The St. Bernard originates from the Italian and Swiss Alps and is famous for its mountain rescue work. The St. Bernard forms part of the working group.
The St. Bernard comes in a wide variety of colours and markings including:
Around the 1700s
The St. Bernard was used as a rescue dog and famous for carrying a cask of brandy when working in the challenging conditions in the Alps. The thick, dense coat provided protection against the harsh elements. Today, the St. Bernard is more commonly seen in the show ring, or kept as a companion pet.
Height bitch from 70cms
Height dog from 75cms
Weight (kilos) bitch 64-120kgs
Weight (kilos) dog 64-120kgs
The Newfoundland requires around an hour of exercise daily. Exercise should be gentle and monitored for the first year to prevent damage to growing bones and ligaments. This dog requires plenty of space, and totally unsuitable for people living in apartments.
As with all large breeds, exercise should be kept to a minimum in the first year to protect vulnerable joints. Excessive jumping up and down should also be discouraged.
The St. Bernard is renowned for being a gentle giant, and aggression in the breed is extremely rare. It loves people, especially children. Families with young children should be careful about choosing this breed, simply because the size of the dog could lead to accidental accidents and injuries.
Training and socialisation should be introduced from an early age to prevent behavioural and territorial problems. The breed is normally good with other dogs, but care should be taken around cats and contact with other smaller pets should be avoided. The St. Bernard has a distinctive musky smell, which some owners may find offensive. The breed is prone to dribbling and slobbering. St. Bernard also struggles in warm weather with its thick and heavy coat, so care should be taken to ensure the St. Bernard does not overheat.
No. The St. Bernard does require an experienced owner with a good understanding of the breed. The sheer size of the St. Bernard may make the breed unsuitable for many family homes.
New owners should be aware of the high costs that come with big breeds such as the St. Bernard. Feeding, routine preventative treatments, pet insurance and veterinary procedures will be above average for this dog.
Medium. The thick heavy coat lays flat lays flat to the body.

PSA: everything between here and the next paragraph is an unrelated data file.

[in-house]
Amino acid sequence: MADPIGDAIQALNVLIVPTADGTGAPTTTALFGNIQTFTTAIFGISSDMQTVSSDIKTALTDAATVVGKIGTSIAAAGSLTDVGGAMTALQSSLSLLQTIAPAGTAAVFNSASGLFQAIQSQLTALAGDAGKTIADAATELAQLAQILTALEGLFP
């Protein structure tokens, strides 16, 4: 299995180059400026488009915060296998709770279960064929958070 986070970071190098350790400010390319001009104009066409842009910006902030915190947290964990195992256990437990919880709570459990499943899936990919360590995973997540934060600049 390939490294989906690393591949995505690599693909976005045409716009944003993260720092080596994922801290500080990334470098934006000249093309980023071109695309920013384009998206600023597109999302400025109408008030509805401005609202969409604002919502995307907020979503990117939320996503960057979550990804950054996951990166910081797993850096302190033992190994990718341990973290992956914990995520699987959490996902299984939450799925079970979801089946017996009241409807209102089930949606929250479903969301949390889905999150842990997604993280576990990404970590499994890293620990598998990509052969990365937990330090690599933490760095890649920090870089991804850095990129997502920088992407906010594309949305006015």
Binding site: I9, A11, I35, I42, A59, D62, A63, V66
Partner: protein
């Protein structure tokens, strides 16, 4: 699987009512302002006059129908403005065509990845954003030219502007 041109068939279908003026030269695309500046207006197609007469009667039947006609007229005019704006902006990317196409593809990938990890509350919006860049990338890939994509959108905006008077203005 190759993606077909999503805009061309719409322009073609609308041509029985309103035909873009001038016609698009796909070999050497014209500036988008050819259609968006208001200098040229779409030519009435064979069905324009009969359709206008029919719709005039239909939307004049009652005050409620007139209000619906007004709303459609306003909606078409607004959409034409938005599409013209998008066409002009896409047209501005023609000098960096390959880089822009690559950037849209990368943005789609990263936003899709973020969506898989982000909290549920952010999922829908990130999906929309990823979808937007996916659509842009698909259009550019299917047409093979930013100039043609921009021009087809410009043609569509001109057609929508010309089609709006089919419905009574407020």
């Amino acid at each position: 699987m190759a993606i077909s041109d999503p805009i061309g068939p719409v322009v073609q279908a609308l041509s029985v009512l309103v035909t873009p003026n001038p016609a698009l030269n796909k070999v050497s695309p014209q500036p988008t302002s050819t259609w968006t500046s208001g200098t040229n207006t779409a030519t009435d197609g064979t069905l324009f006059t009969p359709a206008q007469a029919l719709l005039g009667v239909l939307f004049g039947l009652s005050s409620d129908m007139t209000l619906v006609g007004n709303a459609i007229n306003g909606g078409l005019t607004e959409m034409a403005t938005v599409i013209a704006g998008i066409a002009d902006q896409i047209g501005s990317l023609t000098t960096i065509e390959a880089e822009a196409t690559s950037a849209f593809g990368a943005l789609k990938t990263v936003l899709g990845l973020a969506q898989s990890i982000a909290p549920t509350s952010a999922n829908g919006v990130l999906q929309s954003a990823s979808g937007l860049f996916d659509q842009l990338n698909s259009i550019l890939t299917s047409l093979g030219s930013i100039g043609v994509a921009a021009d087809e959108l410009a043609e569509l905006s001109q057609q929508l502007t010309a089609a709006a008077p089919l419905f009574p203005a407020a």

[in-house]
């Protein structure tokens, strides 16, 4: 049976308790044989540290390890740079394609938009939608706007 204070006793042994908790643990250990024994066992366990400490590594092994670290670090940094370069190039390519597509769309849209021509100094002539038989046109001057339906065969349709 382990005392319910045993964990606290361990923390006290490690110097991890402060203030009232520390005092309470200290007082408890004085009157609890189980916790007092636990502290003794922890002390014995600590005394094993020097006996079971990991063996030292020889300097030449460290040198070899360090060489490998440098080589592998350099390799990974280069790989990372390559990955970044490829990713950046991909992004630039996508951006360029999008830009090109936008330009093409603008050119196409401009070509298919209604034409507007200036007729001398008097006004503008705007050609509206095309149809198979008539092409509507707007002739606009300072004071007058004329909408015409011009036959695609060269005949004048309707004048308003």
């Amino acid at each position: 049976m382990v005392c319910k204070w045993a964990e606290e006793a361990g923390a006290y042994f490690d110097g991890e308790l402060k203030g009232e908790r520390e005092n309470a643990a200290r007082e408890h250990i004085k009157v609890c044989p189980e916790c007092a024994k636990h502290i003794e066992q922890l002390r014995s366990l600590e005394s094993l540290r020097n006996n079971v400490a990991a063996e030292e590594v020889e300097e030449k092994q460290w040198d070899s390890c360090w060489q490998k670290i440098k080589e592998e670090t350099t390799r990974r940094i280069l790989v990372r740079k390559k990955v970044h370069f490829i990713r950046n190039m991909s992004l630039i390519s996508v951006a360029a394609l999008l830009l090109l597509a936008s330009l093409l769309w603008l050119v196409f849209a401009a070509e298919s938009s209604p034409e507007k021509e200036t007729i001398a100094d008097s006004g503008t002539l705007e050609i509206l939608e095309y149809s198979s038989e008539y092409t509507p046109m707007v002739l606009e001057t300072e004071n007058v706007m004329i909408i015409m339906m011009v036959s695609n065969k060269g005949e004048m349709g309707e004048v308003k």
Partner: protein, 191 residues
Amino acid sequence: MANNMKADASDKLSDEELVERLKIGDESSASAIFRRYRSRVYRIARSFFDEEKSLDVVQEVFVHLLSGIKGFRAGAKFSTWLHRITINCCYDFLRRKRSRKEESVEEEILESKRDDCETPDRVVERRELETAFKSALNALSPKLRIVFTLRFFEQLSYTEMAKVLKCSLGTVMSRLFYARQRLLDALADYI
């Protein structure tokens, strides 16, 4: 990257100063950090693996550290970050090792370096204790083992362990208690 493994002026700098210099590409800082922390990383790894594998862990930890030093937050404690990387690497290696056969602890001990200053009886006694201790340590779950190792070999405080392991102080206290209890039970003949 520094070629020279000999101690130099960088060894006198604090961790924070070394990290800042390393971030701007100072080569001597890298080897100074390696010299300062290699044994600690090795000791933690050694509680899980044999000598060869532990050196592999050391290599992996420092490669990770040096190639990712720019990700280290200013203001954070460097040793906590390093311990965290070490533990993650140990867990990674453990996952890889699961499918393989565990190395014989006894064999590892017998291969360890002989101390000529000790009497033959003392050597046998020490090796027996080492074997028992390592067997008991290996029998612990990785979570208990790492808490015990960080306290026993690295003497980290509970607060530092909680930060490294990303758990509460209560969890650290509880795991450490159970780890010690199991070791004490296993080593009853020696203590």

High. The breed is a prolific shedder and requires daily brushing with a large, soft slicker brush. The breed does have a doggy odour and requires bathing two to three times a year. It is impractical to bathe this heavy breed at home, so professional grooming is recommended. Expect to pay from £100 upwards for a grooming session.
Ears should be checked and cleaned regularly.
No. This breed is a heavy shedder, so is an unsuitable choice of dog for allergy sufferers.
The St. Bernard is prone to some health problems, and prospective owners should consult their breeders about the following known issues inthe breed:
As with all pedigree dogs, it is very important to obtain a puppy from a reputable source where you can be guaranteed that it has been bred with a view to avoiding the inherent physical and psychological diseases of the breed.
A healthy St Bernard should expect to enjoy a life expectancy of up to 8-10 years.
Expect to pay around £700-£1,000 for a pedigree St. Bernard. Litters are frequently available.
There are generally 4-12 puppies in an average litter.
A bitch weighing 70kgs requires 626gms of complete dry food daily.
A dog weighing 80kgs requires 688gms of complete dry food daily.
The weekly cost of feeding a 70kgs bitch is around £15.30.
The weekly cost of feeding a 80kgs dog is around £16.85.
Our figures are based on feeding an above average quality and popular complete dry food bought from a leading supermarket. A good quality feed is suggested for the energetic dogs in the working group.
Remember to budget for essential pet treatments and procedures that are not covered by pet insurance policies including: